As I mentioned before, last year there were 33 Guest Bloggers for the Month of LOVE series. When I invited folks to share love stories again this year, I hoped some who shared last year might come back for a return visit. And so I was delighted when my dear friend Nicola from Simply Homemade Blog messaged to say she had a story she wanted us all to hear. I read it and was I a flood of tears. It is beautiful and it is an honor to publish it on Yankee Doodle Paddy.
When Karen said she was doing her Love Series again this year I didn’t need to think twice about my contribution. I knew exactly what, or more to the point, who I would write about.
When it came to putting the words down, it wasn’t as easy as I expected because 17 years following her death, it is still hard.
When I say my Mam is no longer with us people who didn’t know her tend to assume she was older, ill perhaps, that her death was an awful lot more natural than the reality.
It was a sunny Wednesday in July. She was in great humour, she had errands to run, she’d get them out of the way and spend the evening with her younger children. That didn’t happen though, she had errands to run and never made it home. Instead, her family spent the evening by her bed as she lay on life support with minimal chance of survival. A car crash. On Friday, the 20th July, two days later, at 12.36pm, a time that is etched on my brain, my Mam’s life support was turned off & time of death was called. She was 43.
It was cruel. My Mother lived life, she loved life. She had a wide network of friends, she got involved in the community alongside them. She had the kindest heart but wasn’t showy about it. As we say here in Ireland, she didn’t always ‘let on’ the things she did, like baking bread for her elderly neighbour because he lived alone and his bread recipe didn’t sound all that appetising!
She loved to sing. She always had the radio on, she was terribly fond of Marty Whelan. Karen will relate to that. If it wasn’t the radio, it was her records. She had a record player in the sitting room and as she went about the housework, she’d have it turned up loud so she could sing along as she worked. She sang in the church choir at Christmas, that she really loved. She’d visit nursing homes with the choir during the Festive season to sing and chat to the residents. This always tugged at her heart strings. She’d come home and tell us in a light-hearted manner that we weren’t ever to ‘abandon her in a home’.
She loved to dance too, again, I believe it was more the social aspect of that too. For as much as she enjoyed the dancing, she enjoyed the people, the friends she made, even more.
Another Irish saying is, ‘s/he didn’t lick it from a stone’ I am so used to hearing. Similar to “the apple doesn’t fall far from the tree.” For me, it refers to my baking skills. My mother is responsible for not only my ability, but also, my love of baking. I don’t recall her ever having many, or any, baking disasters. She’d read a recipe, bake the cake and it would be delicious. The cupcakes I bake today are the ‘buns’ she made and I growing up. Her bread was amazing and I have never baked a loaf just like hers. Her Christmas cakes, apple pies, tea brack……I could go on, but I fear I’d end up in a puddle of tears as I reminisce about the Saturday baking I did alongside my Mother. It wasn’t only Saturdays of course, in her kitchen the kettle was always on, a home baked treat always on the tin and a tart or cake always in the oven of the Rayburn cooker. That was her way.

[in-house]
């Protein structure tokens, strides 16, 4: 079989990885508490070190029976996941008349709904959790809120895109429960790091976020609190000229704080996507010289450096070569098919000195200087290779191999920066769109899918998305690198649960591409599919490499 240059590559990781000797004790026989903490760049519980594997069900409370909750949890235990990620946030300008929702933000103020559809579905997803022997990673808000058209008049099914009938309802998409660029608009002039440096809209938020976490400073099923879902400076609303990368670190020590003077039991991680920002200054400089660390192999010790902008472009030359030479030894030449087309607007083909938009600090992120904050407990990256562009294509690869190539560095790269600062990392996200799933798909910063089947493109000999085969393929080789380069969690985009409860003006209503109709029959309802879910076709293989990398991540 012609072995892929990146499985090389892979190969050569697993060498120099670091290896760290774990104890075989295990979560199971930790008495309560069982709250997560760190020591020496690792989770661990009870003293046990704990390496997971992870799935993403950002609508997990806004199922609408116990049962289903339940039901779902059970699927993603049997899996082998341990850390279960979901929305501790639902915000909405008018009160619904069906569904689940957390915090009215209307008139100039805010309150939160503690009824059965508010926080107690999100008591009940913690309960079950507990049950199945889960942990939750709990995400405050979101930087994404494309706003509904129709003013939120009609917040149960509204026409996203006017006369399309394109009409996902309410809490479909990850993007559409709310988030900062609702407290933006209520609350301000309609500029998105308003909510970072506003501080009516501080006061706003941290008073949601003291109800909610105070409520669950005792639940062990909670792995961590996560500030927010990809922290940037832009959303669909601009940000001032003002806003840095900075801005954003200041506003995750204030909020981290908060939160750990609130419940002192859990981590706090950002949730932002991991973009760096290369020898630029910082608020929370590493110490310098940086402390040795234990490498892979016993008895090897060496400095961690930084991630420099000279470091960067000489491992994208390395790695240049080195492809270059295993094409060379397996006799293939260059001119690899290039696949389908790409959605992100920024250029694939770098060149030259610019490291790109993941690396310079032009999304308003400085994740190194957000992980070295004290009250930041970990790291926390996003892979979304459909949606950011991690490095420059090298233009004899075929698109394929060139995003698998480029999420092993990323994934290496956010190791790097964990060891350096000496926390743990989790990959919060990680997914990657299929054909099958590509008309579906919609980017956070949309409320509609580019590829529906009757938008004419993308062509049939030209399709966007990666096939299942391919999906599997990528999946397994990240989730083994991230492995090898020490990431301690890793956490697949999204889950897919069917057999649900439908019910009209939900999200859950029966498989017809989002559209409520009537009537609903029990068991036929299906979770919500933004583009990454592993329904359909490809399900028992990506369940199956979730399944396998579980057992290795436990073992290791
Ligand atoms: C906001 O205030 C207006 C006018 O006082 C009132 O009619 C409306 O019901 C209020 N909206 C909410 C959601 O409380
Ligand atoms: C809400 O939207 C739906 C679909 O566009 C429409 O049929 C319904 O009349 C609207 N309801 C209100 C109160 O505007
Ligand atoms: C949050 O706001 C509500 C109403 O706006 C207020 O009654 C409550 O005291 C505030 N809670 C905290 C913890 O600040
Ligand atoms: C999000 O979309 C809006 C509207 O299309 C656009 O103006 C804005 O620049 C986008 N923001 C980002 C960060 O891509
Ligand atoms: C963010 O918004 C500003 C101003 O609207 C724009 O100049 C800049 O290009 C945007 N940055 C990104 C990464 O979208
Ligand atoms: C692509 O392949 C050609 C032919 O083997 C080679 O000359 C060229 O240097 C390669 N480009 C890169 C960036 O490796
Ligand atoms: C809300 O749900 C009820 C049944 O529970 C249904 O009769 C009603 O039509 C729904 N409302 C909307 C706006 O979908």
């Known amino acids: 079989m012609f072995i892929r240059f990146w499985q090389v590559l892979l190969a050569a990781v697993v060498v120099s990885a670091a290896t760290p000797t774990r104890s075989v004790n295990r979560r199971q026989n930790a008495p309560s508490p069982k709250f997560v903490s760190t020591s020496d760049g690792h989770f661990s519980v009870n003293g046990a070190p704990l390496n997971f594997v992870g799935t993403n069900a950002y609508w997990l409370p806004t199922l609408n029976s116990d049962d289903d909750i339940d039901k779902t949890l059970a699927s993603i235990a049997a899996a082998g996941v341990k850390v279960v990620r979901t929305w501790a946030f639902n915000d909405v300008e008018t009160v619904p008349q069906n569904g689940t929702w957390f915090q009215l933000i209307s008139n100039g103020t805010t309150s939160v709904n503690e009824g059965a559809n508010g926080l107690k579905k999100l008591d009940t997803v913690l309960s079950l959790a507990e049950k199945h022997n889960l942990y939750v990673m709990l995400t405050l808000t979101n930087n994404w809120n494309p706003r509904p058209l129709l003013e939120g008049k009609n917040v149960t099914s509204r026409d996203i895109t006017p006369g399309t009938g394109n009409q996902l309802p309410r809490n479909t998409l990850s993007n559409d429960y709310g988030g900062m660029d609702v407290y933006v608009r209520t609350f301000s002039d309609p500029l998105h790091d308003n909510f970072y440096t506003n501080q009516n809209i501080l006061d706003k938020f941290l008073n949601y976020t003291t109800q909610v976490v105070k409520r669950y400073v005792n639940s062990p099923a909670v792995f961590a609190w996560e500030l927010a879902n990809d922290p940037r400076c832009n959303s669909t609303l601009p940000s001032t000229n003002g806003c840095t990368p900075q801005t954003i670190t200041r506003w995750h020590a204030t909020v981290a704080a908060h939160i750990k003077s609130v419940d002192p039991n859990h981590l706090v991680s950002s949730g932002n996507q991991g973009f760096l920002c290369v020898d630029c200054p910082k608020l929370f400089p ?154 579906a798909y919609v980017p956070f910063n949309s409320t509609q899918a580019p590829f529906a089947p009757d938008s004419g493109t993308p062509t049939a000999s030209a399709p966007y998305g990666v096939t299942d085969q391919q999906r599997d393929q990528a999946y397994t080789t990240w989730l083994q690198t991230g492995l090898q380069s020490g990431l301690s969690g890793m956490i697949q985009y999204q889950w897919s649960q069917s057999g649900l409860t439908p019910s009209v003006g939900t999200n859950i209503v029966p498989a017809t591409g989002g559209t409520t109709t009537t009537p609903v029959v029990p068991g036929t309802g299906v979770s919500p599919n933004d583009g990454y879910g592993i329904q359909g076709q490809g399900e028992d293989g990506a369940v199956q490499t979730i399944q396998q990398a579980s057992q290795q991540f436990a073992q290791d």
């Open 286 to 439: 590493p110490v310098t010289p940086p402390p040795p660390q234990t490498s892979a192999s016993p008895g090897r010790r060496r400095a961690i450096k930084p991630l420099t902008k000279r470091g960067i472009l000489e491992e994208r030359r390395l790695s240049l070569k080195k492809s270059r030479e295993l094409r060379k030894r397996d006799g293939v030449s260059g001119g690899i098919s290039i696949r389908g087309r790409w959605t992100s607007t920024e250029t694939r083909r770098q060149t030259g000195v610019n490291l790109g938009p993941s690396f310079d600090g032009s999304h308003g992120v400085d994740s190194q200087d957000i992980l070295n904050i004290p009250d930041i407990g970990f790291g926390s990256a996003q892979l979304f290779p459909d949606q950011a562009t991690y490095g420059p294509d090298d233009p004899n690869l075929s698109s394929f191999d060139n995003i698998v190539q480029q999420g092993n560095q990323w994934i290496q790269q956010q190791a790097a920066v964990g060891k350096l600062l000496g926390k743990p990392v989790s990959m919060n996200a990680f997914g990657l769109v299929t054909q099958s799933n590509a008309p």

I could talk about her endless hobbies all day, her fabulous knitting, her beautiful garden with her successful veggie patch, her houseplants that would almost talk to you they were so lush and green, they flowered when they were supposed to, a trick I have yet to master.
There was something she loved more than all of those things though, that was us, her family. Family held her heart. My baby girl was a shining light in her life for that one year she knew her. Her own little boy, my brother, only 7 when she died, he was her shadow. It was rare she’d be seen without him and only that he wanted to stay with my sister who’d returned from Irish College the day before, he’d have been with her that fateful day. My sister, my other brother, me, her children, being a Mother to the four of us, that was what she loved more than anything in this world. She’d have given her life for any one of us, instead her life was taken from her in the cruelest manner.
To the rest of the country she became a statistic, one of 32 people to die on our roads in July 2001, one of 408 for that year. To us though, she was Mam, the one who who guided us, the one who nurtured us, the one who loved us.
Nicola, I am so sorry for this unexplainable tragedy and I can relate in many ways. Losing my dad when he was 46 and I was only 20 was so hard. But I’ve always believed our loved ones who have gone before us become our angels on earth. Though I never met your Mam, I feel like I have as all the love, care and kindness you have is hers too. I am sure she is proud of the amazing woman you are and she is still guiding you on your way. Thank you for coming back to Yankee Doodle Paddy this year. Your story for your Mam shows that love knows no bounds! It is just as strong when a person is with us physically or only in spirit. And how LOVE is indeed eternal!
Eternal Maternal LOVE,